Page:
- New Music 101 at the Elizabeth Beeton Auditorium, Toronto Reference Library, 7 p.m.
I’ll be hosting the third of four sessions that introduce people to the people who make new music in Toronto. Tonight’s star guest is Toronto Symphony Orchestra assistant principal cello David Hetherington, who leads multiple other musical lives, including being a huge new music advocate. He is joined by members of the Canadian Electronic Ensemble, which is turning 40 this year. The informal sessions last about an hour, and the artists are all available for informal chats afterward.
- Duo Concertante CD release concert at Gallery 345, 8 p.m.
Newfoundland-based husband-and-wife team of violinist Nancy Dahn and pianist Timothy Steeves are in town to celebrate last month’s release of a 3-CD box set of all 10 sonatas for violin and piano by Ludwig van Beethoven. There will be music as well as refreshments. Besides Beethoven, the couple promises some Bach as well as new music — likely recently commissioned pieces by Vancouver composer Jocelyn Morlock and Toronto-based former CBC Radio producer David Yaeger. Details here.
The duo is staying in these parts until Saturday, when they perform their new works at Chalmers House at a Canadian Music Centre benefit concert to help pay for the venue’s new grand piano, at 7:30 p.m. Details here.
- COC Ensemble Studio alumni Adam Luther and brothers Michael and Peter Barrett at the Richard Bradshaw Amphitheatre, noon. Free admission.
These two tenors and baritone — two of them in the cast of the Canadian Opera Company’s current production of Salome — all hail from Corner Brook, Newfoundland, an unprepossessing paper mill town on the province’s picturesque west coast. All were inspired by the same music teacher, Gary Graham, who is still living and working and inspiring kids to fall in love with music. This happy trio revisits their Newfie days in a tour of the province’s rich folksong tradition, with the help of the COC’s Sandra Horst. Details here.
- Unruly Music of the Present at Gallery 345, 8 p.m.
Blue-haired bassoon virtuoso Nadina Mackie Jackson leads a large (and hopefully ruly) band of blythe spirits in an evening of 20th and 21st century music covering many styles and attitudes. This should be especially exciting given the intimacy of the venue. Details here.
You may as well ask Gallery 345 owner Edward Epstein for permission to camp out on the floor so that you can stay for this visit by this British new music champion who graciously commissioned new works by Cassandra Miller, Linda Catlin Smith, Michael Oesterle and Martin Arnold for his Canadian tour. This concert is presented in cooperation with Continuum Contemporary Music. Details here.
- Continuum Contemporary Music at the Music Gallery, 8 p.m.
Visiting pianist Philip Thomas moves from Parkdale to Grange Park as he joins the Continuum Contemporary Music ensemble in a concert of new Canadian and British music. The concert blurb describes the range of music as “covering the gamut from drolly minimal to frenetically maxed out.” Details here.
It’s an embarrassment of riches tonight — and the rest of the weekend:
- Aldeburgh Connection at the Glenn Gould Studio, 8 p.m.
The beginning of the Britten Festival of Song should be a spectacular evening of music featuring a selection of Benjamin Britten’s Canticles, interspersed with his magical settings of songs by Henry Purcell and other settings for male voices. The singers are countertenor Daniel Taylor, tenor Benjamin Butterfield, baritone Alexander Dobson and the men of the Choir of St Thomas’s Church, Huron Street. The accompanists are Aldeburgh Connection co-artistic directors Stephen Ralls and Bruce Ubukata. Concert details here. More about Ralls and Ubukata here.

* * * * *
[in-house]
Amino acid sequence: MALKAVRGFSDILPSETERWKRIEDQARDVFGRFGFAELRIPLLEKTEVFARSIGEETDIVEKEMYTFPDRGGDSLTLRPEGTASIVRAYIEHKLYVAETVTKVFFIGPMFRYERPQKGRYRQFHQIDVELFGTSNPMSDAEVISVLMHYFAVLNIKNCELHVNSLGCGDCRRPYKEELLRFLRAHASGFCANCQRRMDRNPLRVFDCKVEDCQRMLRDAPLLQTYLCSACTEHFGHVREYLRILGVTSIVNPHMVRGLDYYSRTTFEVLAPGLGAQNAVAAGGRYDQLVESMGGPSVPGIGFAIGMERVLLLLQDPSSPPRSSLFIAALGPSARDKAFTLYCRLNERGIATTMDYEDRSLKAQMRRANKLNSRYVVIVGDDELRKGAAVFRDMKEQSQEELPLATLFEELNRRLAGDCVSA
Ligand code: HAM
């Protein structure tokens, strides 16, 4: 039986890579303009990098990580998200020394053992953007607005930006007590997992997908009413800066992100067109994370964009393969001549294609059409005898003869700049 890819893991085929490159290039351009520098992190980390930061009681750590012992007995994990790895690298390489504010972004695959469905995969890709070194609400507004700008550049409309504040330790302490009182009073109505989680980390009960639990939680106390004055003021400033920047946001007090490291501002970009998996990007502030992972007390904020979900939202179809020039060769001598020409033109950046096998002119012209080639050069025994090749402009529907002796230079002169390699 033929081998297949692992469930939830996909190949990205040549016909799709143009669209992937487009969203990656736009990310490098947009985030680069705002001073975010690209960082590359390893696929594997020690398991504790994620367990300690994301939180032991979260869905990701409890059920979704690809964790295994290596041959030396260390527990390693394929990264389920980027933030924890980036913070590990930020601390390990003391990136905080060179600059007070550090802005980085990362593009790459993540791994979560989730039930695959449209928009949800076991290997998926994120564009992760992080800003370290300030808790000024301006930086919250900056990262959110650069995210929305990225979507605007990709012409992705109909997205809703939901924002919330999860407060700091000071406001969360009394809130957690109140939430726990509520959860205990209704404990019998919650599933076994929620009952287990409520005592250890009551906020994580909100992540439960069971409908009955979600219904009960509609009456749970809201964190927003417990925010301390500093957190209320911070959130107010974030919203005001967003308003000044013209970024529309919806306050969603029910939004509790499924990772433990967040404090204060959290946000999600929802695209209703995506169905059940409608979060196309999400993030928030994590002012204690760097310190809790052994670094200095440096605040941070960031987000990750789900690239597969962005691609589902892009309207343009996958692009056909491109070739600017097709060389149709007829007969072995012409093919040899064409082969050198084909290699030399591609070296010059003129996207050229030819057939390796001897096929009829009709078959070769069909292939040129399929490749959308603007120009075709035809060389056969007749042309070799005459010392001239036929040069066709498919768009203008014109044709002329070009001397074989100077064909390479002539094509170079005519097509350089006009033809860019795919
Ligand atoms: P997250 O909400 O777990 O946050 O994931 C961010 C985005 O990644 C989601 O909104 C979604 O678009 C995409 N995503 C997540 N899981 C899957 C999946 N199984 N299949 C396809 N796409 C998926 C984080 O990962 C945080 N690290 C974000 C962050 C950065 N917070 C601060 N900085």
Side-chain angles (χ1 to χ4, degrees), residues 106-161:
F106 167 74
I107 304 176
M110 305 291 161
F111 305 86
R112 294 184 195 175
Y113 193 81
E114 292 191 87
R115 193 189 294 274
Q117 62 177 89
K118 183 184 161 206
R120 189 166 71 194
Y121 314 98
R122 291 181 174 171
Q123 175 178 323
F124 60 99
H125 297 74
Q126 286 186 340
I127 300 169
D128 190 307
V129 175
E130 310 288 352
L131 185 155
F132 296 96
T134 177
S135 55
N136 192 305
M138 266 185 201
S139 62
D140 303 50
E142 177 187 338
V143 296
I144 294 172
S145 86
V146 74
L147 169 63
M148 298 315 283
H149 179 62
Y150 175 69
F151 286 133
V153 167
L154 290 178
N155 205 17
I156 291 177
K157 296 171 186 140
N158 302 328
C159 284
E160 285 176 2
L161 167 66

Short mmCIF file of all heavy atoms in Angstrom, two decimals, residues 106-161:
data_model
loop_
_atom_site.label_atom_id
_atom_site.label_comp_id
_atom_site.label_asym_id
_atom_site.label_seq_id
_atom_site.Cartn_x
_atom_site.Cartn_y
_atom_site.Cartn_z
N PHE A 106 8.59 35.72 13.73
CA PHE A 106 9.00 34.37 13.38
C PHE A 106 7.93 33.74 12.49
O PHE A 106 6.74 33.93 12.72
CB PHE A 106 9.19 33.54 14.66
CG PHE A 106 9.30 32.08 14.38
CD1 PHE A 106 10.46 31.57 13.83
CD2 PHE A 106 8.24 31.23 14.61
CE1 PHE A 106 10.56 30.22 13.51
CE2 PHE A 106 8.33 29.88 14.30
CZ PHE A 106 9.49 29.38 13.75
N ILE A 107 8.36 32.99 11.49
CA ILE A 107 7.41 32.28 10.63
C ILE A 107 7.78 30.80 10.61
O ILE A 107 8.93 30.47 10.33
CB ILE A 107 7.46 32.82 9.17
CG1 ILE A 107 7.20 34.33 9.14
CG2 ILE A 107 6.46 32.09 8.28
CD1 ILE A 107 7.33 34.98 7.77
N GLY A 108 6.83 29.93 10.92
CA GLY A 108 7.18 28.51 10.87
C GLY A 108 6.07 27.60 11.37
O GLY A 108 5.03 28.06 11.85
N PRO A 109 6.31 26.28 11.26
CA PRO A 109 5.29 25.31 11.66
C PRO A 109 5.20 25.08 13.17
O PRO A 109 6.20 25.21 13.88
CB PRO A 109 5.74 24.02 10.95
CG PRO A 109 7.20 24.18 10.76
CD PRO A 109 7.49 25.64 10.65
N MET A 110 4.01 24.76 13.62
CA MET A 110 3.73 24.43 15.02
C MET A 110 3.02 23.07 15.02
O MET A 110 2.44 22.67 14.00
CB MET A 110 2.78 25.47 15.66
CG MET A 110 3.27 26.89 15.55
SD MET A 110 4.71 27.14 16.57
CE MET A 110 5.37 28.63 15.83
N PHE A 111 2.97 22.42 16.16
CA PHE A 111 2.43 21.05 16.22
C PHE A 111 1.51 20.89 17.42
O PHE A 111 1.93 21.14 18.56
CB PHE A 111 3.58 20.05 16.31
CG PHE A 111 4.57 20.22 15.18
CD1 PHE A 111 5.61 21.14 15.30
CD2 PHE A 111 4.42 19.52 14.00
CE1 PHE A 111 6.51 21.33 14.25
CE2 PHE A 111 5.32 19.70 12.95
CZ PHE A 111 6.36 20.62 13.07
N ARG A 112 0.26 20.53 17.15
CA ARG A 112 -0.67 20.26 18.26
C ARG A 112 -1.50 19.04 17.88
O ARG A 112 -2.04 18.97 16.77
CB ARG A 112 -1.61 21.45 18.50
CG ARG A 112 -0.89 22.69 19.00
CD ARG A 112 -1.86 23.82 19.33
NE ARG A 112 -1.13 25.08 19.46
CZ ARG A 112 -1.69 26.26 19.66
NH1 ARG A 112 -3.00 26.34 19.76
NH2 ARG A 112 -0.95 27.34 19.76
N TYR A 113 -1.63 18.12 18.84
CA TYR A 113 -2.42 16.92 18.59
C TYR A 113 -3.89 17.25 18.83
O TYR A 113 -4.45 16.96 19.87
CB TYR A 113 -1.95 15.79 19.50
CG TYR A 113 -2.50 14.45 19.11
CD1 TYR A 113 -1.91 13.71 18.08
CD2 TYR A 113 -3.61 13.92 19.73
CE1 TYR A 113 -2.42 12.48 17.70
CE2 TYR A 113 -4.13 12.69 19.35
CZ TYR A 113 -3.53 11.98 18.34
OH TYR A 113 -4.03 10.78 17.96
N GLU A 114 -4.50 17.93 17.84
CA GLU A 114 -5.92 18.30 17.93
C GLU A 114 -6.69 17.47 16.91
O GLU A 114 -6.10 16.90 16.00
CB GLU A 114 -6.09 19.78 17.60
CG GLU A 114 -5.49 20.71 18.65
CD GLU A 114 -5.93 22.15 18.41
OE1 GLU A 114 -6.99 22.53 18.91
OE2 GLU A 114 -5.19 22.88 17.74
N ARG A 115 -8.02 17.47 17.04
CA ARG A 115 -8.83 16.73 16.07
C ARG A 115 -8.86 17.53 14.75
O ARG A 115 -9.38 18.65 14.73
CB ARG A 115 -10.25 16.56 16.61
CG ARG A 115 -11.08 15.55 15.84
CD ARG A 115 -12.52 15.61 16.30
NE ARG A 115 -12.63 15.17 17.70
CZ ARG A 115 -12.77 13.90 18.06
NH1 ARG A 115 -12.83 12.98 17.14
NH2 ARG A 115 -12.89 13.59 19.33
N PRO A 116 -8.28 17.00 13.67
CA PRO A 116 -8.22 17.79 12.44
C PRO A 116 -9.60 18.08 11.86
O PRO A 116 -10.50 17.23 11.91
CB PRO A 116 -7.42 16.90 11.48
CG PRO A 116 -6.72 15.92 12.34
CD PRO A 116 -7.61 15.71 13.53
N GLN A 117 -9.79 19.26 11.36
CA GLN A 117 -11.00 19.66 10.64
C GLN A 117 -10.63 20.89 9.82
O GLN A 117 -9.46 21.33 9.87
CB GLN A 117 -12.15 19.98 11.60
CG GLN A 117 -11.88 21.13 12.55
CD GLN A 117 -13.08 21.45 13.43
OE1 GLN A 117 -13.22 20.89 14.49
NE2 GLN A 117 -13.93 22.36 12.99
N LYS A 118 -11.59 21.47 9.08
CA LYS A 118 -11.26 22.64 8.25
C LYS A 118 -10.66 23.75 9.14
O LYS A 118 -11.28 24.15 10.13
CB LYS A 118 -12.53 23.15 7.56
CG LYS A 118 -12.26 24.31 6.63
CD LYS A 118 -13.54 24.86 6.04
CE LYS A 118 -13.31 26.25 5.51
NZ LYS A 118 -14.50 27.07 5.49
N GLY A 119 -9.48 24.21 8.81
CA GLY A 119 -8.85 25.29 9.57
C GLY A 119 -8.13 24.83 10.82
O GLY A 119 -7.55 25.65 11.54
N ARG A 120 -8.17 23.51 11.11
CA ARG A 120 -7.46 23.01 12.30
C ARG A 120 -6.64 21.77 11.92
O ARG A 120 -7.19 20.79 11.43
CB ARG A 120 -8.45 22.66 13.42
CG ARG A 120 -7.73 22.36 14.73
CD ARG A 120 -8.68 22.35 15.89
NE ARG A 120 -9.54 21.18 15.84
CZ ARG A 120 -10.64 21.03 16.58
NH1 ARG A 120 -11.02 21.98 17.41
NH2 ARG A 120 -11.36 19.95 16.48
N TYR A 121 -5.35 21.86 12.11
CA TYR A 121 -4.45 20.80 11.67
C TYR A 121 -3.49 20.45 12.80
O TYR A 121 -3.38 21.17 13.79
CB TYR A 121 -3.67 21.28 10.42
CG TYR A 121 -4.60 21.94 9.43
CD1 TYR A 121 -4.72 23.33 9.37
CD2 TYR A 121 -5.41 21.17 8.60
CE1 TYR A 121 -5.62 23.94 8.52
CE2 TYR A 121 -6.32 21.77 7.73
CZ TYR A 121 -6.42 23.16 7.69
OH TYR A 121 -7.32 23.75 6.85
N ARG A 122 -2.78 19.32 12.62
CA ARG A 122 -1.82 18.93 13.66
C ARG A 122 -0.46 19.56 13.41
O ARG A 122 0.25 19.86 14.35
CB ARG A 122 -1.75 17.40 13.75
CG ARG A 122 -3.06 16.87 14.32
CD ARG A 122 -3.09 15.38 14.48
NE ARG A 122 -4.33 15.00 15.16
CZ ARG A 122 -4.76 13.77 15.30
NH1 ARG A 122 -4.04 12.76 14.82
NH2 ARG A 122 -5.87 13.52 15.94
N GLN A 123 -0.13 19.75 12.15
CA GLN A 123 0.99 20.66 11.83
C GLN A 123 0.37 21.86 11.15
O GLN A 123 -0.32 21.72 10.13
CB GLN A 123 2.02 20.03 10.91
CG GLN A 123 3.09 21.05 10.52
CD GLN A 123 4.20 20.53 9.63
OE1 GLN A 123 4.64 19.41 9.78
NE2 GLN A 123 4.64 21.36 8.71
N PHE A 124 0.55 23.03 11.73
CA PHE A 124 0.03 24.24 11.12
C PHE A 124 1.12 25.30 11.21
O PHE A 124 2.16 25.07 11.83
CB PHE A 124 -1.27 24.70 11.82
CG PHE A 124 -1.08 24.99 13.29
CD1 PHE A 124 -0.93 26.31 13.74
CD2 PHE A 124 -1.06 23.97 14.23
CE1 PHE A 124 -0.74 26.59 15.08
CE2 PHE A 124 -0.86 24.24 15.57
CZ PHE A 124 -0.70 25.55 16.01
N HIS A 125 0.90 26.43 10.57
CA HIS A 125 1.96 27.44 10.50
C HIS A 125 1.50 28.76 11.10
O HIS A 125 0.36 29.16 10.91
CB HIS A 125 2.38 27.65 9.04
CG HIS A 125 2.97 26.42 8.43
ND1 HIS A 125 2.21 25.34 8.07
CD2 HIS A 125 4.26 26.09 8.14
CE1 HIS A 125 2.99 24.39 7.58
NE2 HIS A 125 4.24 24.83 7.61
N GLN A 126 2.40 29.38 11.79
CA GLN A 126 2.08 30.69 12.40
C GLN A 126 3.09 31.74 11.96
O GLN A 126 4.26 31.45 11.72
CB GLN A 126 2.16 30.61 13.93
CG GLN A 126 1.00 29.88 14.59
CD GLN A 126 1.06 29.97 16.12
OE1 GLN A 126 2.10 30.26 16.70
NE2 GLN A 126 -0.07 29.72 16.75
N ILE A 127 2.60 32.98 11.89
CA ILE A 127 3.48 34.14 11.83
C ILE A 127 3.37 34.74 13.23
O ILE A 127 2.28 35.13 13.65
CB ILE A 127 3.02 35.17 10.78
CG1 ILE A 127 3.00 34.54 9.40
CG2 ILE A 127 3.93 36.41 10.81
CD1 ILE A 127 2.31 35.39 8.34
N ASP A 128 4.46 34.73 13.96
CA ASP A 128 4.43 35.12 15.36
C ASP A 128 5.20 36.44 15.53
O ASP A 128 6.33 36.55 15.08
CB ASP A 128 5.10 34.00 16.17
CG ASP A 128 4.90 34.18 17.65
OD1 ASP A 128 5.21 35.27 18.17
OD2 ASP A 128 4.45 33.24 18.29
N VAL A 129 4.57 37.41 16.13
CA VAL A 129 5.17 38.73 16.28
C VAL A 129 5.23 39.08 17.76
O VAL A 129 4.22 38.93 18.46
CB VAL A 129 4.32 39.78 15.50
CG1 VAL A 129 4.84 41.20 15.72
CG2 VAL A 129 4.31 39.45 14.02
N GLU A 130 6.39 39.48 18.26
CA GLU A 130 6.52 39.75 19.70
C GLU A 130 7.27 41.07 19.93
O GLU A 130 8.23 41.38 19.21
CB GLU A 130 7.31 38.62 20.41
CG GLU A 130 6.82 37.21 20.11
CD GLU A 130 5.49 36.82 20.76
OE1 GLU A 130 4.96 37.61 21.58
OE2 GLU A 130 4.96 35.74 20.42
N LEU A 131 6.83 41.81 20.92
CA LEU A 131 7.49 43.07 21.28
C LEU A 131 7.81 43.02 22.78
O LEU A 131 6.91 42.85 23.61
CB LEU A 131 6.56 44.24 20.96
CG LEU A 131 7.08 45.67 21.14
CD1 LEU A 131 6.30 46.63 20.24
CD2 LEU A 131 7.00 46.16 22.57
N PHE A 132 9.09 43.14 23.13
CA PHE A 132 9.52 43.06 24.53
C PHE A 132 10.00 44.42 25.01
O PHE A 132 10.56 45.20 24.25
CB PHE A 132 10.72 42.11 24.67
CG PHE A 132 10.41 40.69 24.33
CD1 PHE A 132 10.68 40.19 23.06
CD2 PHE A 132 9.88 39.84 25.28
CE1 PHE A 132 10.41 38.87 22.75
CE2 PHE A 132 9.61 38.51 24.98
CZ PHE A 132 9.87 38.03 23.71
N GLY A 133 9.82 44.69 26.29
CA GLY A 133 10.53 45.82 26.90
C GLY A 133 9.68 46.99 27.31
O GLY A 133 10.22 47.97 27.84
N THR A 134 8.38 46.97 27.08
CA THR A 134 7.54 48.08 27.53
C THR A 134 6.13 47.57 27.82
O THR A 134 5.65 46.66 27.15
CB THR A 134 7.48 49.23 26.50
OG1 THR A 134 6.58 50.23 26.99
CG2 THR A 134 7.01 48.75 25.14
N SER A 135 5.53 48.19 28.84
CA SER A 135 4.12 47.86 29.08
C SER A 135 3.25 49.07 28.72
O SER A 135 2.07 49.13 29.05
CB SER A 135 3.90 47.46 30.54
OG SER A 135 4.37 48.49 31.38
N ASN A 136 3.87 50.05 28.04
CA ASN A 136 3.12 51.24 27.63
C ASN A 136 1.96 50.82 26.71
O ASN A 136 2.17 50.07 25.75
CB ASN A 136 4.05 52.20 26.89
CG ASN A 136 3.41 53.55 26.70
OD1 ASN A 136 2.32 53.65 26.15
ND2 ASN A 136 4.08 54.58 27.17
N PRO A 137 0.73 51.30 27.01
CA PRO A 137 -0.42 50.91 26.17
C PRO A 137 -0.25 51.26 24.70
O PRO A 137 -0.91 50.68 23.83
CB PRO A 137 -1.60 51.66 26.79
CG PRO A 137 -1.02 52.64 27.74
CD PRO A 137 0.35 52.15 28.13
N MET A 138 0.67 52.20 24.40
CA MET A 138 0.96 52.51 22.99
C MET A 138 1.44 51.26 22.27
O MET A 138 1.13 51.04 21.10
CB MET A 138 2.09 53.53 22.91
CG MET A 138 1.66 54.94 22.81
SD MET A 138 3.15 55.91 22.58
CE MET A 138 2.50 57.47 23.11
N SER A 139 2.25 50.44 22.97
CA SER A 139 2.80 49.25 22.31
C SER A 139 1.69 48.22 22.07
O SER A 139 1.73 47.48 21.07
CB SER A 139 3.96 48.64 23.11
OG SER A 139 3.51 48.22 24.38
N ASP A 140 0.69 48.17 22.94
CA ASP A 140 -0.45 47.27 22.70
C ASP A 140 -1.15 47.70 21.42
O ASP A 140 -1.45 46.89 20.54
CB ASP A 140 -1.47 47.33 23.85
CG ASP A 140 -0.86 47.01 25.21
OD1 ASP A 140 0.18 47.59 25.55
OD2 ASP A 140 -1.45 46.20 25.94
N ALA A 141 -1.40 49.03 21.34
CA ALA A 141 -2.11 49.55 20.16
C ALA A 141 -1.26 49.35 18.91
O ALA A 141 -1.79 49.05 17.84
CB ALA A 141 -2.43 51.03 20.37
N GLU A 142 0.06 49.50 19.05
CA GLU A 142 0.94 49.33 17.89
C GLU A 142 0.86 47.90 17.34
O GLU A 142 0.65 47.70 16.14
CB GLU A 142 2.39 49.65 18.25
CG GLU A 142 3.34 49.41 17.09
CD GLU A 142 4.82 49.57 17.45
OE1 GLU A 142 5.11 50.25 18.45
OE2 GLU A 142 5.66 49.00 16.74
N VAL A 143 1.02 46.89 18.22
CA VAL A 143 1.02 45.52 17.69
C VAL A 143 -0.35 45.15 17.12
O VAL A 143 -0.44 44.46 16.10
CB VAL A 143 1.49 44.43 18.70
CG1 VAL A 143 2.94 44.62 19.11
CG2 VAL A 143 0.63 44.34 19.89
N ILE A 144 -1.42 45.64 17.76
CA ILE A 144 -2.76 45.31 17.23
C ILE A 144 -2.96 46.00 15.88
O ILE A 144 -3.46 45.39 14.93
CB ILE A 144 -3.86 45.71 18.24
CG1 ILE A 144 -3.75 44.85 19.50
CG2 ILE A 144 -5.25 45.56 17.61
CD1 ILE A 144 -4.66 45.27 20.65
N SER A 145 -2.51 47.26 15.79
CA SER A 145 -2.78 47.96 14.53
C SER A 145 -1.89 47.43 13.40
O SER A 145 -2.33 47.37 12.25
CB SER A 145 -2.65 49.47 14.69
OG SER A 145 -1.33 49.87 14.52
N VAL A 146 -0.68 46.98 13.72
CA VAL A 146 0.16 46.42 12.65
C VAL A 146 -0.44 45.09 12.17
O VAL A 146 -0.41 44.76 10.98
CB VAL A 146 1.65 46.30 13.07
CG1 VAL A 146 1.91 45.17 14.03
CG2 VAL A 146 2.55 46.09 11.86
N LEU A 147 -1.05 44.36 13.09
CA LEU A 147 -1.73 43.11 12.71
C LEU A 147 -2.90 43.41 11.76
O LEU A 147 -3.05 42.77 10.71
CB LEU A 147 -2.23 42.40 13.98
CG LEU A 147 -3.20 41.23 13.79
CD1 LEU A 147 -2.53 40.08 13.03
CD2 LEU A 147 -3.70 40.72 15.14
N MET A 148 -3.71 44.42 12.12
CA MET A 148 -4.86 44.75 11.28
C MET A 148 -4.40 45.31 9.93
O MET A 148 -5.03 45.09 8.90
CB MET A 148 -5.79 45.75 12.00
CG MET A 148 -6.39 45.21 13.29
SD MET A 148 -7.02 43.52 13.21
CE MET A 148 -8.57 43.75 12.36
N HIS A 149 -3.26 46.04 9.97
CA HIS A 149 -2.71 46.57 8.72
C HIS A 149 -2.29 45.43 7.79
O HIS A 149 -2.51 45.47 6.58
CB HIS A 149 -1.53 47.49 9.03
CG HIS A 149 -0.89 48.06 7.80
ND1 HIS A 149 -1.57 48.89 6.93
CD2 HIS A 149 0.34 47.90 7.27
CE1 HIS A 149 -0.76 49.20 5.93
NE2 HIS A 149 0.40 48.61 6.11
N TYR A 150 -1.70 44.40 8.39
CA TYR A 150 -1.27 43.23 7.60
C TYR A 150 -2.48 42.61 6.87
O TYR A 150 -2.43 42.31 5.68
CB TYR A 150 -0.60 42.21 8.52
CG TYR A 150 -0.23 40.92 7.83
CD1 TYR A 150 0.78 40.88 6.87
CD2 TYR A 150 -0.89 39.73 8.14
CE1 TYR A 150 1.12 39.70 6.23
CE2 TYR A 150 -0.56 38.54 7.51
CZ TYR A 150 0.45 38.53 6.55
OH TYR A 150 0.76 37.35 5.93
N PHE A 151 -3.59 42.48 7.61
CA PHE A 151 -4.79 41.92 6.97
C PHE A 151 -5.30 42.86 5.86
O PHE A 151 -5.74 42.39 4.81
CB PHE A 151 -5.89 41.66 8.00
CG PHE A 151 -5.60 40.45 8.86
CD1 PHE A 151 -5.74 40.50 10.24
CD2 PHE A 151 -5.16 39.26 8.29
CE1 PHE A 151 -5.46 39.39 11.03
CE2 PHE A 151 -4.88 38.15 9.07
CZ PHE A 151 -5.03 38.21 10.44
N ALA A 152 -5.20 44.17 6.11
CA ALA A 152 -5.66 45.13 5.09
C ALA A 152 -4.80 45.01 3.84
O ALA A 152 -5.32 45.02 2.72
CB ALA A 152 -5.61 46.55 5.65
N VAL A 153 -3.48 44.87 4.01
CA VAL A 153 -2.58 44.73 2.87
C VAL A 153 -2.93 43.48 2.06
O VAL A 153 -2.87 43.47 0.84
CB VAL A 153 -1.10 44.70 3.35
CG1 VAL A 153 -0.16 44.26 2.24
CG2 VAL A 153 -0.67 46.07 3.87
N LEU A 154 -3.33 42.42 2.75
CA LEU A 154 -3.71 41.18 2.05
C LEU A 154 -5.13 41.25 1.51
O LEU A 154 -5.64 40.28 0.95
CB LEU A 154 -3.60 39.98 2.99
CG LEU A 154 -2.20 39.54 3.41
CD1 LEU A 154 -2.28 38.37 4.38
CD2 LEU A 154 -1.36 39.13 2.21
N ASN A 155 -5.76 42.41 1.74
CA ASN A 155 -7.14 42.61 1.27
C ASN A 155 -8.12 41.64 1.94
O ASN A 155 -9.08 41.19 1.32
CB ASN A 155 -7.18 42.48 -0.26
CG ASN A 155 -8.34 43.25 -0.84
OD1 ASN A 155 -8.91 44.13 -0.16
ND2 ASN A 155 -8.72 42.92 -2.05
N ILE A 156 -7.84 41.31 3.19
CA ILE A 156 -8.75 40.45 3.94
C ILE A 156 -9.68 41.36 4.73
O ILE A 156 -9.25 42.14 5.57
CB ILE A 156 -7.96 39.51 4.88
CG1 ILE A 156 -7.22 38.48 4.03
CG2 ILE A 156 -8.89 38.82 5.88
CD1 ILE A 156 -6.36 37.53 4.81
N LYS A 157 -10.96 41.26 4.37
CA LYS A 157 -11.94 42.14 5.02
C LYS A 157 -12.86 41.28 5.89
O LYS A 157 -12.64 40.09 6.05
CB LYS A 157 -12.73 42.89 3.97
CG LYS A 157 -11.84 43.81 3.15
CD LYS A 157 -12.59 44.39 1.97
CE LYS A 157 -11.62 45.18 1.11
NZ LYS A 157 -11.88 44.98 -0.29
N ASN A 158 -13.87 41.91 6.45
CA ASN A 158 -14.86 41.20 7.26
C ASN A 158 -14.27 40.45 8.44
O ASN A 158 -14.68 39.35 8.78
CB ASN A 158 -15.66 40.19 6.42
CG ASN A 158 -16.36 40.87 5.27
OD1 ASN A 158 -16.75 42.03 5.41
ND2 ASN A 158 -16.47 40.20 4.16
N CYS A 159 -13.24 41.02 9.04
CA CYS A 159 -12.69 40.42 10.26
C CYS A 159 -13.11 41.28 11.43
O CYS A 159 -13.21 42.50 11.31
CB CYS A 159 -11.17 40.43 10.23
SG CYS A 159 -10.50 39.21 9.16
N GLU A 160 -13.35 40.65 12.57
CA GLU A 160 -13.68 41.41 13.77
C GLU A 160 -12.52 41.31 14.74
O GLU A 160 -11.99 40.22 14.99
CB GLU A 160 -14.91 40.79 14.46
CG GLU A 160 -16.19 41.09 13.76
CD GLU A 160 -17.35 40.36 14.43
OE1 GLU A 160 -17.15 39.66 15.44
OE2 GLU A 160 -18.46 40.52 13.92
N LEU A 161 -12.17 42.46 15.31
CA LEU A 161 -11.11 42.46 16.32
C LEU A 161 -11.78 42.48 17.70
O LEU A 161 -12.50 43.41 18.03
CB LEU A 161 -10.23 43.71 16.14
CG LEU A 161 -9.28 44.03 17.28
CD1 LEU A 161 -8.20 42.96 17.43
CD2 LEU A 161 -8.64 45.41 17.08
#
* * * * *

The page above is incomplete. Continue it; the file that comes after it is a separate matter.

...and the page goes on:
- Soundstreams presents music for multiple pianos at Koerner Hall, 8 p.m.
In a clear and shining example of Oscar Wilde’s quip about nothing exceeding like excess, Soundstreams has invited nine pianists to share six pianos on the Koerner Hall stage. The programme skews modern and includes the premiere of Two Pieces for Three Pianos by Glenn Buhr. I’ll have more on this later in the week. Details here.
- Ensemble Polaris at Trinity-St Paul’s Centre, 8 p.m.
This little band of clever-boots musicians goes to the movies with their own newly created soundtracks to accompany silent art movies by Man Ray and Georges Méliès. Details here.
- Tallis Choir and friends at St James Cathedral, 7:30 p.m.
The choir is billing this as A Grand Concert to mark the 1813 Battle of York. It certainly looks promising, featuring Joseph Haydn’s Mass in the Time of War and Ludwig van Beethoven’s Wellington’s Victory. The excellent choir led by Peter Mahon is joined by members of the cathedral choir as well as soloists and the Talisker Players. Details here.
- Garrick Ohlsson, the Swedish Chamber Orchestra and conductor Thomas Dausgaard at Koerner Hall, 3 p.m.
How special to hear one of the world’s great pianists perform Beethoven’s Piano Concerto No. 4 with one of the world’s great conductors in an unusually (for us) intimate setting. There is much more Beethoven on the programme being presented by the Swedish Chamber Orchestra. This could easily turn out to be one of this season’s most memorable concerts. Details here.
Despite some directorial fussing with the original material, the Canadian Opera Company’s two current productions are gorgeously performed. You can read my reviews by clicking on the titles:
–Salome performances this week are Wednesday & Saturday. Details here.
-There is a performance of Lucia di Lammermoor on Friday. Details here.
- Classical Music 101: What Does A Conductor Do? - June 17, 2019
- Classical Music 101 | What Does Period Instrument Mean? - May 6, 2019
- CLASSICAL MUSIC 101 | What Does It Mean To Be In Tune? - April 23, 2019